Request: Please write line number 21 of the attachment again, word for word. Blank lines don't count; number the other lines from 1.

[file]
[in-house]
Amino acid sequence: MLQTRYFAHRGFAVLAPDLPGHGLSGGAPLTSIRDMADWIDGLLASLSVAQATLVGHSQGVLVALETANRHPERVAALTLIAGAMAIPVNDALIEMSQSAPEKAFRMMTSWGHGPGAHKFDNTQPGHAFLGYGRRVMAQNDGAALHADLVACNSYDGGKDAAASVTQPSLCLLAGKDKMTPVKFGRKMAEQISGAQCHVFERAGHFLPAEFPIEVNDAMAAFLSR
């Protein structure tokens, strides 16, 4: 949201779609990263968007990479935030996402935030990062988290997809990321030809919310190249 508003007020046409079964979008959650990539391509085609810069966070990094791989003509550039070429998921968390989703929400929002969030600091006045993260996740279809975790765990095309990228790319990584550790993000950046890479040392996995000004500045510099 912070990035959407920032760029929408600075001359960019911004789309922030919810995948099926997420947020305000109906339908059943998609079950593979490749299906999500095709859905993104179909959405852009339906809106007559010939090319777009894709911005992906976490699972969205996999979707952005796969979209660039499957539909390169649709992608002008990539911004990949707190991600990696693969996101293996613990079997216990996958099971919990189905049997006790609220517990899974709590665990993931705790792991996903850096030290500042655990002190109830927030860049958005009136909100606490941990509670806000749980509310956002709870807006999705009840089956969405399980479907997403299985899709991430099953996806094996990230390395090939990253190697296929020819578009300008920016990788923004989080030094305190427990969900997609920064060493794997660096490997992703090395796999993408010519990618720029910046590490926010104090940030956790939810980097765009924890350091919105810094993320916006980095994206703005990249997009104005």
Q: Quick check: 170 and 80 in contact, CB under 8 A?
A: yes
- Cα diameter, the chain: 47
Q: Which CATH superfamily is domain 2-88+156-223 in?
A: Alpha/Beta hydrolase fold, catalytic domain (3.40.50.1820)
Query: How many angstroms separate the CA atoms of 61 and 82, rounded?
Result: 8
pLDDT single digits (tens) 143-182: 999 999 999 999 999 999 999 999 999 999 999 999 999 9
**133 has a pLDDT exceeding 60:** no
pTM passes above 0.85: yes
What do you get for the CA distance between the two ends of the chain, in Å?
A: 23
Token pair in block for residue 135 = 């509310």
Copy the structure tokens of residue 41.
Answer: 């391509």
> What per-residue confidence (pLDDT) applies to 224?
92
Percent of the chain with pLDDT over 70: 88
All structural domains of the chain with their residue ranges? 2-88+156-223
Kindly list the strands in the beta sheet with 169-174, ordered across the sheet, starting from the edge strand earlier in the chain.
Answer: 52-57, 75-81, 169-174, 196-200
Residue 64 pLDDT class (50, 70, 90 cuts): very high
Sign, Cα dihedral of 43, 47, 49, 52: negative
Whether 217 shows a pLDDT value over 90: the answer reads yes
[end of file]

Percent of the chain with pLDDT over 70: 88